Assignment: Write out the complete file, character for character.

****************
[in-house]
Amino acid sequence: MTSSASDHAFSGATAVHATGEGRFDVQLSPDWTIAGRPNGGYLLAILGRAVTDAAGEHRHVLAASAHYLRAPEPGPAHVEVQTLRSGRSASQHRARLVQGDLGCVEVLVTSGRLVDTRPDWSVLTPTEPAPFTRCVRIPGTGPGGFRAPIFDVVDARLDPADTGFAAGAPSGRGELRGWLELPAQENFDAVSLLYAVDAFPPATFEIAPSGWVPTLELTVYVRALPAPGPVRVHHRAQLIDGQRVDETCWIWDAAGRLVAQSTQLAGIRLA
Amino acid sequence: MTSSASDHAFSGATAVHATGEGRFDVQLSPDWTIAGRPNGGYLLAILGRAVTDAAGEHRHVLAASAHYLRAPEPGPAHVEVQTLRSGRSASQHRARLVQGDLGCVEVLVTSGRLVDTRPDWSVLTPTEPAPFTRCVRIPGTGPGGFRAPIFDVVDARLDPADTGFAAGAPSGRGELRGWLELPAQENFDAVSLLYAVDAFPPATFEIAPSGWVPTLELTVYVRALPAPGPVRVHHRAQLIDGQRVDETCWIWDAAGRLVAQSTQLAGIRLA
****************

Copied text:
[in-house]
Amino acid sequence: MTSSASDHAFSGATAVHATGEGRFDVQLSPDWTIAGRPNGGYLLAILGRAVTDAAGEHRHVLAASAHYLRAPEPGPAHVEVQTLRSGRSASQHRARLVQGDLGCVEVLVTSGRLVDTRPDWSVLTPTEPAPFTRCVRIPGTGPGGFRAPIFDVVDARLDPADTGFAAGAPSGRGELRGWLELPAQENFDAVSLLYAVDAFPPATFEIAPSGWVPTLELTVYVRALPAPGPVRVHHRAQLIDGQRVDETCWIWDAAGRLVAQSTQLAGIRLA
Amino acid sequence: MTSSASDHAFSGATAVHATGEGRFDVQLSPDWTIAGRPNGGYLLAILGRAVTDAAGEHRHVLAASAHYLRAPEPGPAHVEVQTLRSGRSASQHRARLVQGDLGCVEVLVTSGRLVDTRPDWSVLTPTEPAPFTRCVRIPGTGPGGFRAPIFDVVDARLDPADTGFAAGAPSGRGELRGWLELPAQENFDAVSLLYAVDAFPPATFEIAPSGWVPTLELTVYVRALPAPGPVRVHHRAQLIDGQRVDETCWIWDAAGRLVAQSTQLAGIRLA